"You can go and meet some of the most interesting people in the world... but everyone’s in soggy bathing suits, sunburned and stoked." - Mark Cunningham
Mark Cunningham has been going to Tavarua for several decades, first as a lifeguard teaching basic life-saving and CPR to the boatmen back when the island was only just finding its footing as a proper resort, and more recently on Kelly Slater’s annual trip, which includes a vast array of interesting personalities, and nights that end in utter tomfoolery. Mark, as you might know, is a bodysurfer. I call him “the Duke Kahanamoku of bodysurfing”—he is the sport’s greatest ambassador, having passed along the stoke to literally thousands, myself among them. He is also a great raconteur. Get him telling stories at the Tavarua bar and you get an entire history of surfing in Hawaii. We’re both really excited about the upcoming Outerknown Fiji Pro, a WSL Championship Tour event that runs from June 4-16. I asked Mark about his trips to Fiji in general, and his stays at Tavarua in particular.
Jamie Brisick: You’ve traveled far and wide on the quest for epic surf. What is unique about Tavarua?
Mark Cunningham: There’s a great simplicity to Tavarua, and the people there are beautiful. The Fijians are stoked; anyone who’s a guest to the island is stoked. There’s not a whole lot of drama or B.S. going on. It’s a temporary slice of paradise. It’s there. It’s available. It’s been going on for years and years.
JB: It’s geographically compressed, a bit like Gilligan’s Island, but instead of Gilligan and Thurston Howell III and Mary Ann you might get Kelly Slater and G. Love and Steph Gilmore.
MC: Yeah, it’s communal. There you are in the restaurant for three meals a day, and you can go and meet some of the most interesting people in the world doing very interesting things, but everyone’s in soggy bathing suits, sunburned and stoked. You’re not dealing with parking and traffic or trying to find a restaurant reservation or yada yada yada. It’s like the surfer’s dream; it’s just totally stripped down for you.
"Tavarua does that, but it’s also the most comfortable place for a surfer to put himself. There’s time there for extended conversation." - Mark Cunningham
JB: And because it’s small you’re all squashed together and you make fast friends.
MC: Yeah, you establish relationships over this shared beauty and this shared fun. Travel is the best thing in the world, and for us to get out of our comfort zones is a good thing. Tavarua does that, but it’s also the most comfortable place for a surfer to put himself. There’s time there for extended conversation. It’s not always go, go go! You could sit at your restaurant table from the crack of dawn and close it at night, and it’s going to be just fine. You know, see who sits next to you at breakfast, see who comes in for lunch, see who comes in for a beer, have dinner with someone who maybe brought an incredible case of wine over and hear all about the business they’re starting or how much they love their grandkids. And then when it closes down at night, who knows, maybe it’s going to be a pirate party, maybe some rock star is going to bust out their guitar, maybe the Fijians are going to invite you to drink kava with them. And then you can walk home, you can walk to your bure. And then do it again the next morning.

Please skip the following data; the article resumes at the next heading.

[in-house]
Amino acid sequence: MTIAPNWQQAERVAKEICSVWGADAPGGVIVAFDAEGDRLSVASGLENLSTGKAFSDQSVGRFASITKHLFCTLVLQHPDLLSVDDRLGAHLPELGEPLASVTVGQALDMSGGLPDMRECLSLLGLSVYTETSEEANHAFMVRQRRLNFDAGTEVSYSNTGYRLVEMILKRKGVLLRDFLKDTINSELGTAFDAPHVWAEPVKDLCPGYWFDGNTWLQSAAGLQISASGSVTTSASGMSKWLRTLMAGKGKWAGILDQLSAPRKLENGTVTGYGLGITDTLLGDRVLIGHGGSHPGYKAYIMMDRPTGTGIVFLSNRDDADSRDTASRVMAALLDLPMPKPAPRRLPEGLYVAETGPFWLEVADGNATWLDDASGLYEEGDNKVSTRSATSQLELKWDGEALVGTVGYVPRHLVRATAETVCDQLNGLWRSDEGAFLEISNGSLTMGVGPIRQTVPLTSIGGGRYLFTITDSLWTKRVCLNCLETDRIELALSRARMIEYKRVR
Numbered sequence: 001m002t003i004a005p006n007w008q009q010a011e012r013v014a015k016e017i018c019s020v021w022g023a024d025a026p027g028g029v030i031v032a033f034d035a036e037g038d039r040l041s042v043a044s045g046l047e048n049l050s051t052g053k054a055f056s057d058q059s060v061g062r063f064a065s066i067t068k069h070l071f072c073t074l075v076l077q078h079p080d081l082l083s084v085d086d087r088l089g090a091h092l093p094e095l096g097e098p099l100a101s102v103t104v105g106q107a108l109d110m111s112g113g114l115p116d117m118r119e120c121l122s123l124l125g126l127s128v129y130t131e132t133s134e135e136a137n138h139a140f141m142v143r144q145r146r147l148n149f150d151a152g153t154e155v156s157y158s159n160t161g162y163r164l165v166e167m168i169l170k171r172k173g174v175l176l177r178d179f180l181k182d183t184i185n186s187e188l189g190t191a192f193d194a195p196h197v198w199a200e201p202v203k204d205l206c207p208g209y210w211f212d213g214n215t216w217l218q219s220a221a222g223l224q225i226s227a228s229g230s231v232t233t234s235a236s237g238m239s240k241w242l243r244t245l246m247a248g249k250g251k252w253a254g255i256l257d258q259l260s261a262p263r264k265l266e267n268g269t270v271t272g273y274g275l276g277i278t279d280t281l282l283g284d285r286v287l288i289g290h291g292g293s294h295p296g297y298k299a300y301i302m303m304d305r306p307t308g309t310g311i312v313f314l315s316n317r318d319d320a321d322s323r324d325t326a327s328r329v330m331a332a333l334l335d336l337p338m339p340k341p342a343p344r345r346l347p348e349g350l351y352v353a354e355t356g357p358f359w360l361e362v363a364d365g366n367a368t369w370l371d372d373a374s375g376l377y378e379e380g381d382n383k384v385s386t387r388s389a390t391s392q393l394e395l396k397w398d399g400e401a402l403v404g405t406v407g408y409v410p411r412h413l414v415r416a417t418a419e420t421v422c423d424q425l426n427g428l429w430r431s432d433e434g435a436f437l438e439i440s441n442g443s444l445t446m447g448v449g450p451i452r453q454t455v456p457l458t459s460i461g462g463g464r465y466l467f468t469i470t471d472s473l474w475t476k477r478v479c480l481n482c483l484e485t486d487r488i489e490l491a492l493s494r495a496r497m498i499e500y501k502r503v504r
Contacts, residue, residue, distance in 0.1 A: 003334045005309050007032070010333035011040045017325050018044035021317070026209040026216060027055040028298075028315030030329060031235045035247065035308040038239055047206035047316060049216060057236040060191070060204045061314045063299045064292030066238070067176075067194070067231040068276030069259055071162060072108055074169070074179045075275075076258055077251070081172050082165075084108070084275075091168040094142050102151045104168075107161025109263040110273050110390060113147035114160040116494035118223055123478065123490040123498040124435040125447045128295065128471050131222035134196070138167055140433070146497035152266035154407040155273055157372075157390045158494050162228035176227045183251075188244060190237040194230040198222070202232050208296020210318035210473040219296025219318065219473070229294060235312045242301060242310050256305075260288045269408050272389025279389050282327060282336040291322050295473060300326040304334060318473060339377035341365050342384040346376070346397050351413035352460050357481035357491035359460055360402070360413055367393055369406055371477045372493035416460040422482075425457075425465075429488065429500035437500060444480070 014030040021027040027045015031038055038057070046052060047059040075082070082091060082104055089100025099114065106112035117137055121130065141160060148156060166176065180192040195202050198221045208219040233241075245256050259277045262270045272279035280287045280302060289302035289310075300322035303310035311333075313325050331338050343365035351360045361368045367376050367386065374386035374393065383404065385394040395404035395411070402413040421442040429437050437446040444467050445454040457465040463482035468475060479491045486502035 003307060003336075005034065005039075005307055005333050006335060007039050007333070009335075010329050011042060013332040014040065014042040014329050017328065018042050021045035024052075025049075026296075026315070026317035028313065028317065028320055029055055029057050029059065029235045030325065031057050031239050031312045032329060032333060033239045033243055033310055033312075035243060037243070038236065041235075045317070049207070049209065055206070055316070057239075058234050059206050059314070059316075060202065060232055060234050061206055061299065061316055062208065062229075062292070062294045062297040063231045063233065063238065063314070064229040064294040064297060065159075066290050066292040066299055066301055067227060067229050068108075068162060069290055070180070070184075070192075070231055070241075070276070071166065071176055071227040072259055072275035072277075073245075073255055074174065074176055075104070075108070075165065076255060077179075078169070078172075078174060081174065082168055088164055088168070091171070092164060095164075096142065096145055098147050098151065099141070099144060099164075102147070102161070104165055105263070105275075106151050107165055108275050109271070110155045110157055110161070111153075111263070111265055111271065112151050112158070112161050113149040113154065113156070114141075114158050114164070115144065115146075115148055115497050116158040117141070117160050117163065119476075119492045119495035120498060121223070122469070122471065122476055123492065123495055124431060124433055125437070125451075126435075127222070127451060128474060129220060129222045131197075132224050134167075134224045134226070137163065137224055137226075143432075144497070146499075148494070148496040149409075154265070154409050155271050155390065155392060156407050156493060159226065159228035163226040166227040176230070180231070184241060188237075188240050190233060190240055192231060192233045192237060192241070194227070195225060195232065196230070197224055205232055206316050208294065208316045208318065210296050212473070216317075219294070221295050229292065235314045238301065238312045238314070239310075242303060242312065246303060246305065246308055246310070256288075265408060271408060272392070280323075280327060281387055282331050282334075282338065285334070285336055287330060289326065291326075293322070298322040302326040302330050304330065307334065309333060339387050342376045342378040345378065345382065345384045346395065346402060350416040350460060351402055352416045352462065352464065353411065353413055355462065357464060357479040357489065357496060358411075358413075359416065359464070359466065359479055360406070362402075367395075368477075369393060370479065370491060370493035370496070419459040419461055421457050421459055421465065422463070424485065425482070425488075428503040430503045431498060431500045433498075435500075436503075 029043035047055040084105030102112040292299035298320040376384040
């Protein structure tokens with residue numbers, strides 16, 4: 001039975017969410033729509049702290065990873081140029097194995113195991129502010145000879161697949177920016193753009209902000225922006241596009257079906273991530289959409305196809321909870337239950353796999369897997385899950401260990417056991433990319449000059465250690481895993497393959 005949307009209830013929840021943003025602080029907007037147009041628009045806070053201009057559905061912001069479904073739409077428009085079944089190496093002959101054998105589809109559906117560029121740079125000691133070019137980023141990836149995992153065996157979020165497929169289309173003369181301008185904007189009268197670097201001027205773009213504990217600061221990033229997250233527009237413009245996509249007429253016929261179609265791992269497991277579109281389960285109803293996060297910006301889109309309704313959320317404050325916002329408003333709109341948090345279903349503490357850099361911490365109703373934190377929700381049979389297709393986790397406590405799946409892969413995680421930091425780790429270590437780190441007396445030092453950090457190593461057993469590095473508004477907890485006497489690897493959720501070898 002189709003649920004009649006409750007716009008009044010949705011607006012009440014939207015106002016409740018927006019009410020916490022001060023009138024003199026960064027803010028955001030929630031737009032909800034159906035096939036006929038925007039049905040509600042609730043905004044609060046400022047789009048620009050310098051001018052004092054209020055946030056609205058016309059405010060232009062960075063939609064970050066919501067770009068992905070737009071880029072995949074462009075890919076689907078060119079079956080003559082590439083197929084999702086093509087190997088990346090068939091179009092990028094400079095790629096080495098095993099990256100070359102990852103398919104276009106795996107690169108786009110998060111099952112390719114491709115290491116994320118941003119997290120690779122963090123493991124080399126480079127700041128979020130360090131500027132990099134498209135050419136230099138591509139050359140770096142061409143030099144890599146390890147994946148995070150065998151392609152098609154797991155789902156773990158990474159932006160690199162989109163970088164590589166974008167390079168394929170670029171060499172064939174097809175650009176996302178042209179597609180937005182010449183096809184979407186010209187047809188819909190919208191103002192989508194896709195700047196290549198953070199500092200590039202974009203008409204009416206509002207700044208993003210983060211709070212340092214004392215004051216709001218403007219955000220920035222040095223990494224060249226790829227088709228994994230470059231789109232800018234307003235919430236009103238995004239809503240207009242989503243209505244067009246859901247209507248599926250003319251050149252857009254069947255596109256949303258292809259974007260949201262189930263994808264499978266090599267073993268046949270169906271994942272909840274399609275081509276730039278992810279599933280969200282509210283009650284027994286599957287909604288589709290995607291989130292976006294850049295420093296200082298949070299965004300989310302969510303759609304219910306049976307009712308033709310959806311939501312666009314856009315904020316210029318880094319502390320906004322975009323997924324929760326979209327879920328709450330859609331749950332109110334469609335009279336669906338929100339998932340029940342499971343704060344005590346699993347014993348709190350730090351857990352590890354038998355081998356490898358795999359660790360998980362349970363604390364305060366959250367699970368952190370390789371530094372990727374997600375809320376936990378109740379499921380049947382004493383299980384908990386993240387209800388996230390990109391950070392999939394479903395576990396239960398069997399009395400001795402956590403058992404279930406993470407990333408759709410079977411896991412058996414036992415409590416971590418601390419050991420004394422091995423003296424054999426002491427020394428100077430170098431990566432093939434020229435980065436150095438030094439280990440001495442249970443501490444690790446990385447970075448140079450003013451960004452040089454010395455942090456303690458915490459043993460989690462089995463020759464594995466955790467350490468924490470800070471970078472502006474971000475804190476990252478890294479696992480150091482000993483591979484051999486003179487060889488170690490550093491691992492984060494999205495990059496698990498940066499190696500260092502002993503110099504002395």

JB: And as a bodysurfer, what about the waves?
MC: Well, I do surf. It’s not pretty. I call it my standup comic routine. And I’m a goofyfooter, so I’m in absolute heaven there. I mostly surf Restaurants. I like going fast and down the line. I bodysurf Restaurants and I bodysurf Cloudbreak, and that water, you can just swim in it all day long ‘cause it’s so warm. And there are beginners, and there are boatmen who can surf it with their eyes closed, and there are pro surfers out there tearing it apart. And everyone’s stoked, everyone wants a piece of the magic. It’s just so beautiful.
---Jamie Brisick is a writer, photographer, and director. He surfed on the ASP world tour from 1986 to 1991. He has since documented surf culture extensively. His books include Becoming Westerly: Surf Champion Peter Drouyn’s Transformation into Westerly Windina, Roman & Williams: Things We Made, We Approach Our Martinis With Such High Expectations, Have Board, Will Travel: The Definitive History of Surf, Skate, and Snow, and The Eighties at Echo Beach. His writings and photographs have appeared in The Surfer’s Journal, The New York Times, and The Guardian. He was the editor of Surfing magazine from 1998-2000, and is presently the global editor of Huck. In 2008 he was awarded a Fulbright Fellowship. He lives in Los Angeles. For more of his work check out jamiebrisick.com & @jamiebrisick